*A saying meaning: when you don’t have anything intelligent to say you’re better keeping silent (TN).
Translated by act for freedom now/B.pd
We receive and transmit:
And what if someone had decided to attack Geomont for its role in the devastation of the Susa Valley?
That person would be no doubt be stunned and nauseated by the communiqué ‘received and published’ by the notav.info site in the aftermath of the arson of the shed of the Bussoleno company. Especially as among the suggestive assumptions such as deliberate damage by the company owner or mafia retaliation listed as possible explanations of that event, what is missing is exactly the hypothesis that someone might have decided to attack one of the many participants in the ruin of the Valley in full awareness and of their own will.
Unfortunately. over the years it has often happened that individual actions or actions carried out by small groups in support of the struggle against the TAV have also been stigmatized by notav.info as provocations or worse, gestures of people who are ‘not from the Valley or in the NO TAV movement’.
It is strange that we still have to bring up these issues after so many years’ struggle. The NO TAV movement is huge and complex. It is the people of the Susa Valley. It is all the thousands of people who for years have been passing through the area for shorter or longer periods, giving their energy, time and often their freedom. It is the people who all over Italy and the world support and give strength to the struggle with acts of solidarity and complicity.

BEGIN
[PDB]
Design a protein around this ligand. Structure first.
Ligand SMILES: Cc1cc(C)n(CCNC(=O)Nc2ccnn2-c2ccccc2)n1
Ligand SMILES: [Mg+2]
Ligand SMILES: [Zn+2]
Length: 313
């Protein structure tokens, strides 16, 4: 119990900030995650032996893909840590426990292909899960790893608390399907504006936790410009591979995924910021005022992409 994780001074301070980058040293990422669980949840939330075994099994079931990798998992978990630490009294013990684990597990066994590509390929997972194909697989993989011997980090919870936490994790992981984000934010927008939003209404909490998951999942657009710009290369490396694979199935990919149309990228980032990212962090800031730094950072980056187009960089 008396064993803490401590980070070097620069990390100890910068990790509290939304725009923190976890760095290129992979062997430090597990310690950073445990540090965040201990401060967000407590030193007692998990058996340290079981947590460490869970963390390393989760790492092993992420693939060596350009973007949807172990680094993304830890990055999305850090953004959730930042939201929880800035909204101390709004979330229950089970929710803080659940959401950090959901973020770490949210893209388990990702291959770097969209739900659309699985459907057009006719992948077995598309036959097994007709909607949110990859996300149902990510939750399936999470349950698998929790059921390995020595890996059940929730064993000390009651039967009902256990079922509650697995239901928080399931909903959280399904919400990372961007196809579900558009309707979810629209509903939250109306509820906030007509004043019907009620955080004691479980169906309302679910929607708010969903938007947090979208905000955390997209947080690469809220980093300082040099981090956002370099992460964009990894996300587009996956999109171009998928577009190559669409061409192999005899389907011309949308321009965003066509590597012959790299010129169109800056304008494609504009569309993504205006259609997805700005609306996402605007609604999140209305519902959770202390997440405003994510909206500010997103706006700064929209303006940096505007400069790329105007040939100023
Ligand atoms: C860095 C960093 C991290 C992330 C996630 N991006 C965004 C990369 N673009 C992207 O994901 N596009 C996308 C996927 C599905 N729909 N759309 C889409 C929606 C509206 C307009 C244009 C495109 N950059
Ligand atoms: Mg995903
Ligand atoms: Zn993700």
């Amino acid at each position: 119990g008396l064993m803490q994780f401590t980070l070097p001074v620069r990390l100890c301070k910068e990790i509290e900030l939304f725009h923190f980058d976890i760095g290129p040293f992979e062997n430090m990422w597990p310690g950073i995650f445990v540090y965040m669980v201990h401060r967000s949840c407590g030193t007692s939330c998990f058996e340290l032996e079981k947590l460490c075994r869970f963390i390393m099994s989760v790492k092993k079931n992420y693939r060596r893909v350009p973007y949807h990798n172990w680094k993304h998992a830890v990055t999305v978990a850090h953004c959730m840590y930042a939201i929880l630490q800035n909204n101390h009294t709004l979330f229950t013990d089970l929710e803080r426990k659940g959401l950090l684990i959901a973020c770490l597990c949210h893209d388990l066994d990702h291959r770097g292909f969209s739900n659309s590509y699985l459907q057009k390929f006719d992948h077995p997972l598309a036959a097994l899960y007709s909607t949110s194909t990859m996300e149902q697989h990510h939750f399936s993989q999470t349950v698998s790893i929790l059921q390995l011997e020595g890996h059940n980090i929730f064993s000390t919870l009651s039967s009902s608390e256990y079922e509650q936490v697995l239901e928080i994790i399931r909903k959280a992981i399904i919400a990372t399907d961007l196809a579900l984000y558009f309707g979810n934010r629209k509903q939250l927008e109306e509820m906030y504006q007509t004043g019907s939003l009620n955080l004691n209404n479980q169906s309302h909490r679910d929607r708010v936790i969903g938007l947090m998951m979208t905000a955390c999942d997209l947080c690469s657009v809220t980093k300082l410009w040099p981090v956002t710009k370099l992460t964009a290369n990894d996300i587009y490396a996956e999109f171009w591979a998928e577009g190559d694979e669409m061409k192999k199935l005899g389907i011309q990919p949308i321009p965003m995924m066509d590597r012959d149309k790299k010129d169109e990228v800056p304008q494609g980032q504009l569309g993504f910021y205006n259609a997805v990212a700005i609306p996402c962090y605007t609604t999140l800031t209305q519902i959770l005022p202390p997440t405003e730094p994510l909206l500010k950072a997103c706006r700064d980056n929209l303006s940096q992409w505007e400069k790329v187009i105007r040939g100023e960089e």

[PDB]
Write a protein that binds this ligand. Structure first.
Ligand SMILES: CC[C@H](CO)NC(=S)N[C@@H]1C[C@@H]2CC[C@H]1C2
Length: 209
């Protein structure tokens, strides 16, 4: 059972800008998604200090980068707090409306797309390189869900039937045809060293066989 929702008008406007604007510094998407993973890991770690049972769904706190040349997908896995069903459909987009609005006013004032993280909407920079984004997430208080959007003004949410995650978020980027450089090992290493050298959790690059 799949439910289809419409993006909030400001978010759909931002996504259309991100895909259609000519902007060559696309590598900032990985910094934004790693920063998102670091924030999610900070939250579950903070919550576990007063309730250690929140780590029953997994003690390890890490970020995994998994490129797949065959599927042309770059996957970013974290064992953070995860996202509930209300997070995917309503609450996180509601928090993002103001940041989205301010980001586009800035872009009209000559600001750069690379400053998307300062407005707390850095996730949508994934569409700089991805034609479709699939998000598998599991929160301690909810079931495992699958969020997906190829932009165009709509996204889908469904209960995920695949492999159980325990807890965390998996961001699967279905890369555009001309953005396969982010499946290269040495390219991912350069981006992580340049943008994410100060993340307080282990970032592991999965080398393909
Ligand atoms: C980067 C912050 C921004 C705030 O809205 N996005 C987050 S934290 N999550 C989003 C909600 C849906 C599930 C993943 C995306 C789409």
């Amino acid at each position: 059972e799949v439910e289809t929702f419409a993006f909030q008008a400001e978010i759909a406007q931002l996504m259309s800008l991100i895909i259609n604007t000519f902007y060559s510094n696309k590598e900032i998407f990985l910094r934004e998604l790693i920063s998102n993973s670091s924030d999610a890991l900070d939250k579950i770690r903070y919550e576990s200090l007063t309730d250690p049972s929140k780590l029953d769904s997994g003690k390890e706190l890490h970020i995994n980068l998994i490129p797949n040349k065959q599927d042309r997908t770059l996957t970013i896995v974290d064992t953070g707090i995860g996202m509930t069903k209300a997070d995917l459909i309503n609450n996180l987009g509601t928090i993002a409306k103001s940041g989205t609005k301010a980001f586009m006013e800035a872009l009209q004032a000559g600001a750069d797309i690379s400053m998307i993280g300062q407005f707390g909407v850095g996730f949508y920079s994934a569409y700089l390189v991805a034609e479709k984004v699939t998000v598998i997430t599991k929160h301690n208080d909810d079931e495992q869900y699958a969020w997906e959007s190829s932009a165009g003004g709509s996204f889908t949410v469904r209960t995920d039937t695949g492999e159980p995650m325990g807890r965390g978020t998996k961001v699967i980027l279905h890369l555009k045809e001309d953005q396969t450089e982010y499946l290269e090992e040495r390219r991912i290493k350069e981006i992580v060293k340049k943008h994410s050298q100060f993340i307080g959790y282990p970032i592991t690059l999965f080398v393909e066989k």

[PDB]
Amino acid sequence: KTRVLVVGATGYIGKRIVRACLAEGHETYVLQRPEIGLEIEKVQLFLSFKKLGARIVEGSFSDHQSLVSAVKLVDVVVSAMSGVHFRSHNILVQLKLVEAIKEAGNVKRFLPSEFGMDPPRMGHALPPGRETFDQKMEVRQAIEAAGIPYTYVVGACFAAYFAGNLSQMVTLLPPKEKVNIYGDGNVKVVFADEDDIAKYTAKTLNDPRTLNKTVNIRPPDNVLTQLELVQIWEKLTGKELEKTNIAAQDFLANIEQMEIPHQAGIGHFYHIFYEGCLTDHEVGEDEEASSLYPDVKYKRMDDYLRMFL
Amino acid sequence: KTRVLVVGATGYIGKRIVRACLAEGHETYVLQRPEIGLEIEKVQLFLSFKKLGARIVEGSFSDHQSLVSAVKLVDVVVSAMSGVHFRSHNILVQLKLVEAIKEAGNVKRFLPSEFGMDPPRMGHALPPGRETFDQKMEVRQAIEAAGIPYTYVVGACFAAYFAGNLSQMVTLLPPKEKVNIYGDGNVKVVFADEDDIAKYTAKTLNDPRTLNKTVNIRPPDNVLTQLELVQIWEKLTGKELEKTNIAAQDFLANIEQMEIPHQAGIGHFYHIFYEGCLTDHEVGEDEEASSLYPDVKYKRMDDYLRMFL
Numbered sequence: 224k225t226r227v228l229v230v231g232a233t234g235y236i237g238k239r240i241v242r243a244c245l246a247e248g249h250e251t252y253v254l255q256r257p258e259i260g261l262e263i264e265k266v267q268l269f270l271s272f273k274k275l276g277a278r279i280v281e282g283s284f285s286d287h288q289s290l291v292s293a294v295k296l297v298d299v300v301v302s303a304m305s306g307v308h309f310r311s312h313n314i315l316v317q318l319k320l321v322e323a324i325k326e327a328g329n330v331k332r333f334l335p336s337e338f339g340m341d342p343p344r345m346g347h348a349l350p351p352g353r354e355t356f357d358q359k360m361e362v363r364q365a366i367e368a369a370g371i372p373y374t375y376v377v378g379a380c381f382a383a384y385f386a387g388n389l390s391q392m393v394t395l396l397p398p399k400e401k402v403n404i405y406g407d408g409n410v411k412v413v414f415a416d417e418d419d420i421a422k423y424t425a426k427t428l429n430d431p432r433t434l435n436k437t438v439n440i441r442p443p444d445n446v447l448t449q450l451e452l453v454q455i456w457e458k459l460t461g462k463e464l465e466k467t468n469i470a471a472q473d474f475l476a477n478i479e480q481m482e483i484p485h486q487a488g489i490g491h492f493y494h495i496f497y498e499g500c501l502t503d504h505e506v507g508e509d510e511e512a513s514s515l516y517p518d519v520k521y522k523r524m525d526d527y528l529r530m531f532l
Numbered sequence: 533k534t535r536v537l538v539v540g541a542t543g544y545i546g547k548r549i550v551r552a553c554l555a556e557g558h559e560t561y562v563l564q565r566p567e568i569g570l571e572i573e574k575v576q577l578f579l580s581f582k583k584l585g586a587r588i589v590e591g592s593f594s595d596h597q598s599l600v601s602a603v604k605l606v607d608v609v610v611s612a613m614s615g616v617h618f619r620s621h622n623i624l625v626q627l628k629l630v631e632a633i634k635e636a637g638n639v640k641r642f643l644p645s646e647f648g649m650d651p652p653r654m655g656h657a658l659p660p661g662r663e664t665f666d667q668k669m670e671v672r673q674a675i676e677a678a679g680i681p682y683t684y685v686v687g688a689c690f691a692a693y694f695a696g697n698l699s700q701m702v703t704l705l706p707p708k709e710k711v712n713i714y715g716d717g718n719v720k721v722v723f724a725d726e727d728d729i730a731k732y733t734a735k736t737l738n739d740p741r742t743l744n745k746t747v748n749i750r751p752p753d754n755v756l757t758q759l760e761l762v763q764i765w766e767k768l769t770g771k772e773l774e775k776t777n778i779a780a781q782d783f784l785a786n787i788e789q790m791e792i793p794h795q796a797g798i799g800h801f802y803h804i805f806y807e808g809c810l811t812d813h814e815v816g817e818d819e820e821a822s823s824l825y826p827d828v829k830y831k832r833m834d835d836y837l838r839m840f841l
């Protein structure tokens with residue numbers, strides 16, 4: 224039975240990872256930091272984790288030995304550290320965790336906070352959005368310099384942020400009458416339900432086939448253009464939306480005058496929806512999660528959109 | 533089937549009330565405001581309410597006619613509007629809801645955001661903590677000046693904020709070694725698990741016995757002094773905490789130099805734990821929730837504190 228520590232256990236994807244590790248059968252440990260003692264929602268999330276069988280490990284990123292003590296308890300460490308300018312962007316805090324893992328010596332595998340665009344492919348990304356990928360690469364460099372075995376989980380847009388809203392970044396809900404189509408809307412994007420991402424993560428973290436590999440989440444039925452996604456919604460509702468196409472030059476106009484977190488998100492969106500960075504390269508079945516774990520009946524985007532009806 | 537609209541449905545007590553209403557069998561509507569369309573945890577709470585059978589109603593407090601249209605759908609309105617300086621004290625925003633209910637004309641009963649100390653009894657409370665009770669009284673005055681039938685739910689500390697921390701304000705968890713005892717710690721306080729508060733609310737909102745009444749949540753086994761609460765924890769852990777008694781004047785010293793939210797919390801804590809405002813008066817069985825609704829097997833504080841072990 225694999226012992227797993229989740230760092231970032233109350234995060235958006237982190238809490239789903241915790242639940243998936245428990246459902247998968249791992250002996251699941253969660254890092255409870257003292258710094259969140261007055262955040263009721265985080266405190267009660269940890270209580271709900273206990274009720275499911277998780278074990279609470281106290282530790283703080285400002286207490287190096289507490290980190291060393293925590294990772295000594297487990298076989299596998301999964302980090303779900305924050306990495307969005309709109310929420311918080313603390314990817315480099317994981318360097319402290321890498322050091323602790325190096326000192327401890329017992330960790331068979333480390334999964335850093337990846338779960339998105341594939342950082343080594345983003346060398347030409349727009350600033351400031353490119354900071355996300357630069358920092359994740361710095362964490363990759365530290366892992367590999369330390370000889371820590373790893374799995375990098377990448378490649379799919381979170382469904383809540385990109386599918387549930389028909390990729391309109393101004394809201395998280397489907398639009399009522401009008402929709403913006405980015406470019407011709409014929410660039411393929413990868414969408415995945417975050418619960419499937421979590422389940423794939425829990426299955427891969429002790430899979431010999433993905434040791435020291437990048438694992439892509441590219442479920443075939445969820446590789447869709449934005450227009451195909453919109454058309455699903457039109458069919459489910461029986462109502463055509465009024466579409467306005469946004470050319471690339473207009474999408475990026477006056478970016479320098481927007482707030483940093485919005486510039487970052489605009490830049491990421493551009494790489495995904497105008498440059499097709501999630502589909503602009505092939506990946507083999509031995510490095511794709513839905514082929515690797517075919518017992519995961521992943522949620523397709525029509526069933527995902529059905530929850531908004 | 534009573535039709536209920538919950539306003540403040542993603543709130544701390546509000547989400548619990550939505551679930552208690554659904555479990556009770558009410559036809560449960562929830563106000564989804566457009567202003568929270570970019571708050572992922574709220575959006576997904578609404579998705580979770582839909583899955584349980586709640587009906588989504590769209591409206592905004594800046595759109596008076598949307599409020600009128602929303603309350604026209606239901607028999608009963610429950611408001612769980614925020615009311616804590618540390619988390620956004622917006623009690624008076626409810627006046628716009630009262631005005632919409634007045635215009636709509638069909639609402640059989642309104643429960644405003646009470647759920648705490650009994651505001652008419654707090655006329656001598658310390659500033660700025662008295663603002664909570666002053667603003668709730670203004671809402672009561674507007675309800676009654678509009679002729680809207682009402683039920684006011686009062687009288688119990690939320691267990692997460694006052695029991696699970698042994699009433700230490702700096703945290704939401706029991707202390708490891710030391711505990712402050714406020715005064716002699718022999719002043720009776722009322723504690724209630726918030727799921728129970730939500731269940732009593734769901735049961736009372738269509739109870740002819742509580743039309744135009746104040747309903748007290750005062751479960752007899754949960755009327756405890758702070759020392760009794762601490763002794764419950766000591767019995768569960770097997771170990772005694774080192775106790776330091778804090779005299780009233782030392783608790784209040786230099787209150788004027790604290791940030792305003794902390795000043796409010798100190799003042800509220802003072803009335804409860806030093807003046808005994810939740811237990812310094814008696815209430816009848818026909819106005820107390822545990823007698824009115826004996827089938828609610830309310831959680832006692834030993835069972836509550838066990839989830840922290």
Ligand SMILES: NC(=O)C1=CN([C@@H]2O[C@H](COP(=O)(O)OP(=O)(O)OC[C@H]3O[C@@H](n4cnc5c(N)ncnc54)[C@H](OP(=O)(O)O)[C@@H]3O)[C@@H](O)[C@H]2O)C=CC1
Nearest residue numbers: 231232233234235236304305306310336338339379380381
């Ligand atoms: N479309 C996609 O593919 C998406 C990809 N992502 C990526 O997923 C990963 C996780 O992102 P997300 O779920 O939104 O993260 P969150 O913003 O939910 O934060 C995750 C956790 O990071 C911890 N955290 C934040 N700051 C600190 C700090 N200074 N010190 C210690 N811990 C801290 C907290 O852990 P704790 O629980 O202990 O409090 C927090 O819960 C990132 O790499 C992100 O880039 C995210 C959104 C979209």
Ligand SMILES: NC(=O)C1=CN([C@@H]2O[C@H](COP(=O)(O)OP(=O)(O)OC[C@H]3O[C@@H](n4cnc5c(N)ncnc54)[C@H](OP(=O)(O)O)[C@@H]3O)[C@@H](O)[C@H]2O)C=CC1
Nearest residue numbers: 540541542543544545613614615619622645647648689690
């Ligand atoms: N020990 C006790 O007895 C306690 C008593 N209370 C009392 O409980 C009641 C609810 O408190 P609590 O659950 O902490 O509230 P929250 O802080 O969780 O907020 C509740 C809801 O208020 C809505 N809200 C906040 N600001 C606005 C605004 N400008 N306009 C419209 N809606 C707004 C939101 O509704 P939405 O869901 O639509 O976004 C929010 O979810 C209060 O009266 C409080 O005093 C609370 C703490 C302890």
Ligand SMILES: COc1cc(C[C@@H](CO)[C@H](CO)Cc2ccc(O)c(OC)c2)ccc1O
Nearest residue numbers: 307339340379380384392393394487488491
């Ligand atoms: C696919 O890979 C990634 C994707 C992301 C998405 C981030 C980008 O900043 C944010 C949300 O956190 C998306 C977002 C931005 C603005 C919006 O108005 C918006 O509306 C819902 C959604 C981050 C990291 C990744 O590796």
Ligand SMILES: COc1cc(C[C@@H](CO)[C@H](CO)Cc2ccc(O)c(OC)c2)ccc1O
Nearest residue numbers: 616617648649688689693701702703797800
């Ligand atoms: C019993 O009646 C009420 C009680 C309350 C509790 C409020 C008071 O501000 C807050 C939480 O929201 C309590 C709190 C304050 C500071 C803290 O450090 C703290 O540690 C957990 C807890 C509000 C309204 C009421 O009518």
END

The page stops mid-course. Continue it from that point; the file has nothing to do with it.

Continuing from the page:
So within such a diversified reality who is going to decide who has or hasn’t the right to lay their brick for the construction of the road to the liberation of the Valley?
But aren’t we dealing with a discourse that has been already dealt with. Isn’t it true that for a long time now sabotage, a practice always adopted in popular struggles, has been welcomed and taken up in the Susa Valley, and that by now no one dares to censor or condemn actions that strike the material responsible for the construction of the infamous tunnel? Perhaps this is not an easy passage to make, and one that many of those who are living this struggle are still coming to terms with. But if we forget this historical passage and allow steps backward in the collective growth of the NO TAV movement, we give space to repression and fear. Sabotage as an instrument of struggle, the distance between what is right and what is legal, the necessity of defence and attack, the difference between life devoured and passive survival. All things that many of us have learned by struggling. And these things must be defended just as much as the mountains.
How can one of the most visited sites of the NO TAV voice host a communiqué saying ‘we know that the NO TAV movement didn’t start the fire’? Perhaps the person who wrote it knows all the NO TAV people in the world, their drive and their actions, their priorities and goals? And even if one feels some inescapable and epic democratic tension (like: I don’t agree with what you say but I’d die to let you say it), how can one allow words such as these to fall on indifference and a deafening silence?
The hypothesises put forward by the communiqué could be made following any incendiary attack. Even if the company is not bankrupt it might want to renew the machinery and things like that. Mafia retaliation is also just around the corner, especially in such contexts. Besides having a healthy contempt for conspiracy theories and keeping them out of our mouths and hearts, wouldn’t it be more natural for us to place this episode among all the others that have been lighting up the nights in the Susa Valley for some months now?
Instead of diminishing the action of some brave NO TAV person, let’s publicly defend our comrades in the struggle from repression in the only dignified way possible: by claiming any action carried out against the advancement of the TAV monster as a heritage that belongs to us all.